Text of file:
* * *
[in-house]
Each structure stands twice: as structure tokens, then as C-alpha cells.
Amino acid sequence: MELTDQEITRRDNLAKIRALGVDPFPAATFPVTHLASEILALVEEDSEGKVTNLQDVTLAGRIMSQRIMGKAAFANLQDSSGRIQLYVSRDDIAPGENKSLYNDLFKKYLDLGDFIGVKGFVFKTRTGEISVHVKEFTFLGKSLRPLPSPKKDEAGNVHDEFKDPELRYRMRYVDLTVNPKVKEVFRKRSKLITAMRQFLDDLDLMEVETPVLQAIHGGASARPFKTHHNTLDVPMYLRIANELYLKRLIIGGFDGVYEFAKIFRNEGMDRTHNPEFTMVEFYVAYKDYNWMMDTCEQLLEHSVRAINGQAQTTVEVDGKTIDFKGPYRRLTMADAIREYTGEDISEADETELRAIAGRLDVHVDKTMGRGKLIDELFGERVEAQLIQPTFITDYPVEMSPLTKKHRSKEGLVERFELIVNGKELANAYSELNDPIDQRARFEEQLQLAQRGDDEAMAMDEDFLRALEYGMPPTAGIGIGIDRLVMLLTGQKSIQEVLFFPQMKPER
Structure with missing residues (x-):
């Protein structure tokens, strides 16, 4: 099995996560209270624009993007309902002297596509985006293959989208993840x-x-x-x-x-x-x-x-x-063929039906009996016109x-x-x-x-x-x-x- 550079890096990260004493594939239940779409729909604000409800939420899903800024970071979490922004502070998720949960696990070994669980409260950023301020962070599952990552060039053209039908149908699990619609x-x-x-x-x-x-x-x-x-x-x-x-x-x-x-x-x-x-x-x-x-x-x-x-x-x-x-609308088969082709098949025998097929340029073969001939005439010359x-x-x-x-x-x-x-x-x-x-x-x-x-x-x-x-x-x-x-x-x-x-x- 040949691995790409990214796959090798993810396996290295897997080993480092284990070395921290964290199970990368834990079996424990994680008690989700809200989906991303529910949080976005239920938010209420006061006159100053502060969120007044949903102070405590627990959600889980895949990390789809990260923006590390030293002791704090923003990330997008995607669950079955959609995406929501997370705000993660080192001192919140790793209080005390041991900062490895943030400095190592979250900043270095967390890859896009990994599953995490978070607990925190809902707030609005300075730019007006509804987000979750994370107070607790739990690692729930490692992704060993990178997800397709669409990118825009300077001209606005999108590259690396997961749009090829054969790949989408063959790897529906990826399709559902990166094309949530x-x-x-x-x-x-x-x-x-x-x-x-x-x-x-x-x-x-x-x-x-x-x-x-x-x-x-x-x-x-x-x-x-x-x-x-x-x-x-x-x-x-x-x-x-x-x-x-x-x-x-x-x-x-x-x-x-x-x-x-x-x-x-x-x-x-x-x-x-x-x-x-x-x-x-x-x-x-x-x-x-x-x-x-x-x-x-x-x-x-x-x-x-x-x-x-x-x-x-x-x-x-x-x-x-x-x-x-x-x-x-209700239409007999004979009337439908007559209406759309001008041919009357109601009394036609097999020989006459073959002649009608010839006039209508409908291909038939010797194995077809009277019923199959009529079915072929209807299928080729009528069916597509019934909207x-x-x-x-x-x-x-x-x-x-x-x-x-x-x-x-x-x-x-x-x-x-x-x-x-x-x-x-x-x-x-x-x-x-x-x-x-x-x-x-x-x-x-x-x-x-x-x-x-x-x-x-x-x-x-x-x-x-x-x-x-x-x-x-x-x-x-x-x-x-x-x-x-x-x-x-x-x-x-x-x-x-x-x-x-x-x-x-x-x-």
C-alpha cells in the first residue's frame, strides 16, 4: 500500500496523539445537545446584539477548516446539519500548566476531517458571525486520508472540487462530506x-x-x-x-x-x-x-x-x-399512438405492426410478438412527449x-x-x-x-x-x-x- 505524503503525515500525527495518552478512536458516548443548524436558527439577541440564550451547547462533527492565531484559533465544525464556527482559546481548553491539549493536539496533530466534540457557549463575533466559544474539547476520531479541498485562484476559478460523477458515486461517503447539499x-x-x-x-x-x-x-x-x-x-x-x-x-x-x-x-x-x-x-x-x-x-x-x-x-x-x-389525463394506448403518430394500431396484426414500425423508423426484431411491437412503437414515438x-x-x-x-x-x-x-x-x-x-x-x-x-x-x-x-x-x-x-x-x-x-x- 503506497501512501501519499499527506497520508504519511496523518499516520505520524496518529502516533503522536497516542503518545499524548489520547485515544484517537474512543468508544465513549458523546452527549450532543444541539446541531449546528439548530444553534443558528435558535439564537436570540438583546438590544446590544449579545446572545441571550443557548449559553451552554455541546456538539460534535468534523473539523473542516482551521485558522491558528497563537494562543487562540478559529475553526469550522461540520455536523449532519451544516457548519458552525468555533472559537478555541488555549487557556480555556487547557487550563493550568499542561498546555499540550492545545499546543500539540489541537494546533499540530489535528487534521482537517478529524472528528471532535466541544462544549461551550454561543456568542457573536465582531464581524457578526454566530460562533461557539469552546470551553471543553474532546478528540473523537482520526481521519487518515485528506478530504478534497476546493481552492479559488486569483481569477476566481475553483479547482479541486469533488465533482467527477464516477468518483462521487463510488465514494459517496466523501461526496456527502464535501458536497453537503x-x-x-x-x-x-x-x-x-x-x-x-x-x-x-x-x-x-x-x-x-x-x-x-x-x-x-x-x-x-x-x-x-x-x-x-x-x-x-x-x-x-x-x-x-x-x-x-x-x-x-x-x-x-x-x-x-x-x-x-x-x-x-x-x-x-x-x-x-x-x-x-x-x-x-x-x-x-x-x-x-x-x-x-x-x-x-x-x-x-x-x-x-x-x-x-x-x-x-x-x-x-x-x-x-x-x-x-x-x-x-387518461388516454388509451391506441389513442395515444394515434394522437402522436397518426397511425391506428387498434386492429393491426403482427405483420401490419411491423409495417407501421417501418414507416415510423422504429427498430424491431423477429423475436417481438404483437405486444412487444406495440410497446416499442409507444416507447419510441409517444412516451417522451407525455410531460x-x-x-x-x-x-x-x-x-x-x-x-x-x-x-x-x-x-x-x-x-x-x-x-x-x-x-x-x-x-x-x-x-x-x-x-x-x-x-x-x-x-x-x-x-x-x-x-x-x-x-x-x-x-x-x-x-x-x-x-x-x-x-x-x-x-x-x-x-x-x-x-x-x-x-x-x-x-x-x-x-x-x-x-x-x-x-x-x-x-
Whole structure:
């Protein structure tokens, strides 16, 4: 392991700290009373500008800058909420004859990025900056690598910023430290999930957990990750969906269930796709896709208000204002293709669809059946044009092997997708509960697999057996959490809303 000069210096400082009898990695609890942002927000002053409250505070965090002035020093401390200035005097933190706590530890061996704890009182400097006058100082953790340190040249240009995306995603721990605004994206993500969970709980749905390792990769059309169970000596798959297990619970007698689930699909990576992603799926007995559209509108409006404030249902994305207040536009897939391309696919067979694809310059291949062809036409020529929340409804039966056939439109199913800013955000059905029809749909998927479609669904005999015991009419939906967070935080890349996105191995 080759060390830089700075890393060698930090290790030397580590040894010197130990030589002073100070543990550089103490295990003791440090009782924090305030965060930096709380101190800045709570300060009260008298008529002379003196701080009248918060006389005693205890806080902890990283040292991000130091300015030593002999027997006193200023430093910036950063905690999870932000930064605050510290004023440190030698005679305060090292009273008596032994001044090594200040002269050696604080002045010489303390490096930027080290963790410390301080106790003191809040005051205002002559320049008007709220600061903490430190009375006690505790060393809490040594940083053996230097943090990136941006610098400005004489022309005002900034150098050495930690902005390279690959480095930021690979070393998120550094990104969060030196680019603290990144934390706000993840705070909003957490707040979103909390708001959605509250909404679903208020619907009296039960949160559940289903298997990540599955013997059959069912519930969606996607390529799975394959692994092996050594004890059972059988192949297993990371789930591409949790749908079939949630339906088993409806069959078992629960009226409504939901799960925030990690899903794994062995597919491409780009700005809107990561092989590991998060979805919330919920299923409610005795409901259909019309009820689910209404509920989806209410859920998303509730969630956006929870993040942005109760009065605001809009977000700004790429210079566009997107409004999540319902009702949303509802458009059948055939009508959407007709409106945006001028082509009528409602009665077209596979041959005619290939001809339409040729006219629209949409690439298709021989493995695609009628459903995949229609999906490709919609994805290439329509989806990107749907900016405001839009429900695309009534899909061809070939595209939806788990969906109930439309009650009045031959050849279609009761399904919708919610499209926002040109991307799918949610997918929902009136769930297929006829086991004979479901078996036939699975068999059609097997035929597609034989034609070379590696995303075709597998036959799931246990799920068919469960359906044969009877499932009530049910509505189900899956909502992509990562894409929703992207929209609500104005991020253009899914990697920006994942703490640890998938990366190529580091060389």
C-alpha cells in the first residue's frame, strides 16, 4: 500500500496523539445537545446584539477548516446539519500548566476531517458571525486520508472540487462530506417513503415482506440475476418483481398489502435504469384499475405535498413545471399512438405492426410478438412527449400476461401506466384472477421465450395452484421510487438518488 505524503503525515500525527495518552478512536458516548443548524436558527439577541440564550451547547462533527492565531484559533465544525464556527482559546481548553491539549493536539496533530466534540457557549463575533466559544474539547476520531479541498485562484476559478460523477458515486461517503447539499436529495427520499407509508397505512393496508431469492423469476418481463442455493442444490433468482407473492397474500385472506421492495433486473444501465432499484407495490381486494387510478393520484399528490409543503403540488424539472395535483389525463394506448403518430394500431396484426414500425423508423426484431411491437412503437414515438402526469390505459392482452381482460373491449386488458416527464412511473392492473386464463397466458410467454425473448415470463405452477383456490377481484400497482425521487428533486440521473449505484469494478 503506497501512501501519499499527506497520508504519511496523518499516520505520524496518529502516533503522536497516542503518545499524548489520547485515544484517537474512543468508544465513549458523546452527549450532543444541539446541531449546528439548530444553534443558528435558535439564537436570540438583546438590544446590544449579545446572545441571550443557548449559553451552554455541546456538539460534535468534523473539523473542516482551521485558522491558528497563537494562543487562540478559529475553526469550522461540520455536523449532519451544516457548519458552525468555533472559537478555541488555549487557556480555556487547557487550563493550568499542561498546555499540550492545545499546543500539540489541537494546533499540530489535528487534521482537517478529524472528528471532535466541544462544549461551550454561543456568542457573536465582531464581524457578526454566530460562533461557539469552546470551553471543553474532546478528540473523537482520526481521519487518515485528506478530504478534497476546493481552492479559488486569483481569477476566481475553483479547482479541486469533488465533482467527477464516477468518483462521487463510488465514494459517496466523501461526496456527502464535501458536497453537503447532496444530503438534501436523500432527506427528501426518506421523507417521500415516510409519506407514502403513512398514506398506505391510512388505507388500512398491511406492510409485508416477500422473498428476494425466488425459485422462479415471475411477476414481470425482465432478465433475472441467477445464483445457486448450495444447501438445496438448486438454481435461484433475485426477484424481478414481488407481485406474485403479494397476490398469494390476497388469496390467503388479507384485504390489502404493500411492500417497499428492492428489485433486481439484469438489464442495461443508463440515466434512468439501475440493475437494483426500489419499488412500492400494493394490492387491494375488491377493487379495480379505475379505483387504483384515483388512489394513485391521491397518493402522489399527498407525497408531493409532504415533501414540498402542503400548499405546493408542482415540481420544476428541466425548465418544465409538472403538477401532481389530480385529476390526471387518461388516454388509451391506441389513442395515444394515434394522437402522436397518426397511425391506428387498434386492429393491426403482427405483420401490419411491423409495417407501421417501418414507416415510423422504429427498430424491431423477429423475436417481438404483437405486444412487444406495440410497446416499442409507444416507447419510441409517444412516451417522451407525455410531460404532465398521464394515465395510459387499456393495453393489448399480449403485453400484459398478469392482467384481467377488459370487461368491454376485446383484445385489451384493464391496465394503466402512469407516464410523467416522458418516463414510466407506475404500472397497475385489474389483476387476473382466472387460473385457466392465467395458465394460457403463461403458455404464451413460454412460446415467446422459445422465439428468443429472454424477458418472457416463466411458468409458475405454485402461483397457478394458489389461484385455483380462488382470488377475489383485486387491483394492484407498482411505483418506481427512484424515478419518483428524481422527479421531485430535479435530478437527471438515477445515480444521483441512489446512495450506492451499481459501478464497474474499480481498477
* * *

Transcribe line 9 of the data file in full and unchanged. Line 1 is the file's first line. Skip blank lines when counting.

C-alpha cells in the first residue's frame, strides 16, 4: 500500500496523539445537545446584539477548516446539519500548566476531517458571525486520508472540487462530506417513503415482506440475476418483481398489502435504469384499475405535498413545471399512438405492426410478438412527449400476461401506466384472477421465450395452484421510487438518488 505524503503525515500525527495518552478512536458516548443548524436558527439577541440564550451547547462533527492565531484559533465544525464556527482559546481548553491539549493536539496533530466534540457557549463575533466559544474539547476520531479541498485562484476559478460523477458515486461517503447539499436529495427520499407509508397505512393496508431469492423469476418481463442455493442444490433468482407473492397474500385472506421492495433486473444501465432499484407495490381486494387510478393520484399528490409543503403540488424539472395535483389525463394506448403518430394500431396484426414500425423508423426484431411491437412503437414515438402526469390505459392482452381482460373491449386488458416527464412511473392492473386464463397466458410467454425473448415470463405452477383456490377481484400497482425521487428533486440521473449505484469494478 503506497501512501501519499499527506497520508504519511496523518499516520505520524496518529502516533503522536497516542503518545499524548489520547485515544484517537474512543468508544465513549458523546452527549450532543444541539446541531449546528439548530444553534443558528435558535439564537436570540438583546438590544446590544449579545446572545441571550443557548449559553451552554455541546456538539460534535468534523473539523473542516482551521485558522491558528497563537494562543487562540478559529475553526469550522461540520455536523449532519451544516457548519458552525468555533472559537478555541488555549487557556480555556487547557487550563493550568499542561498546555499540550492545545499546543500539540489541537494546533499540530489535528487534521482537517478529524472528528471532535466541544462544549461551550454561543456568542457573536465582531464581524457578526454566530460562533461557539469552546470551553471543553474532546478528540473523537482520526481521519487518515485528506478530504478534497476546493481552492479559488486569483481569477476566481475553483479547482479541486469533488465533482467527477464516477468518483462521487463510488465514494459517496466523501461526496456527502464535501458536497453537503447532496444530503438534501436523500432527506427528501426518506421523507417521500415516510409519506407514502403513512398514506398506505391510512388505507388500512398491511406492510409485508416477500422473498428476494425466488425459485422462479415471475411477476414481470425482465432478465433475472441467477445464483445457486448450495444447501438445496438448486438454481435461484433475485426477484424481478414481488407481485406474485403479494397476490398469494390476497388469496390467503388479507384485504390489502404493500411492500417497499428492492428489485433486481439484469438489464442495461443508463440515466434512468439501475440493475437494483426500489419499488412500492400494493394490492387491494375488491377493487379495480379505475379505483387504483384515483388512489394513485391521491397518493402522489399527498407525497408531493409532504415533501414540498402542503400548499405546493408542482415540481420544476428541466425548465418544465409538472403538477401532481389530480385529476390526471387518461388516454388509451391506441389513442395515444394515434394522437402522436397518426397511425391506428387498434386492429393491426403482427405483420401490419411491423409495417407501421417501418414507416415510423422504429427498430424491431423477429423475436417481438404483437405486444412487444406495440410497446416499442409507444416507447419510441409517444412516451417522451407525455410531460404532465398521464394515465395510459387499456393495453393489448399480449403485453400484459398478469392482467384481467377488459370487461368491454376485446383484445385489451384493464391496465394503466402512469407516464410523467416522458418516463414510466407506475404500472397497475385489474389483476387476473382466472387460473385457466392465467395458465394460457403463461403458455404464451413460454412460446415467446422459445422465439428468443429472454424477458418472457416463466411458468409458475405454485402461483397457478394458489389461484385455483380462488382470488377475489383485486387491483394492484407498482411505483418506481427512484424515478419518483428524481422527479421531485430535479435530478437527471438515477445515480444521483441512489446512495450506492451499481459501478464497474474499480481498477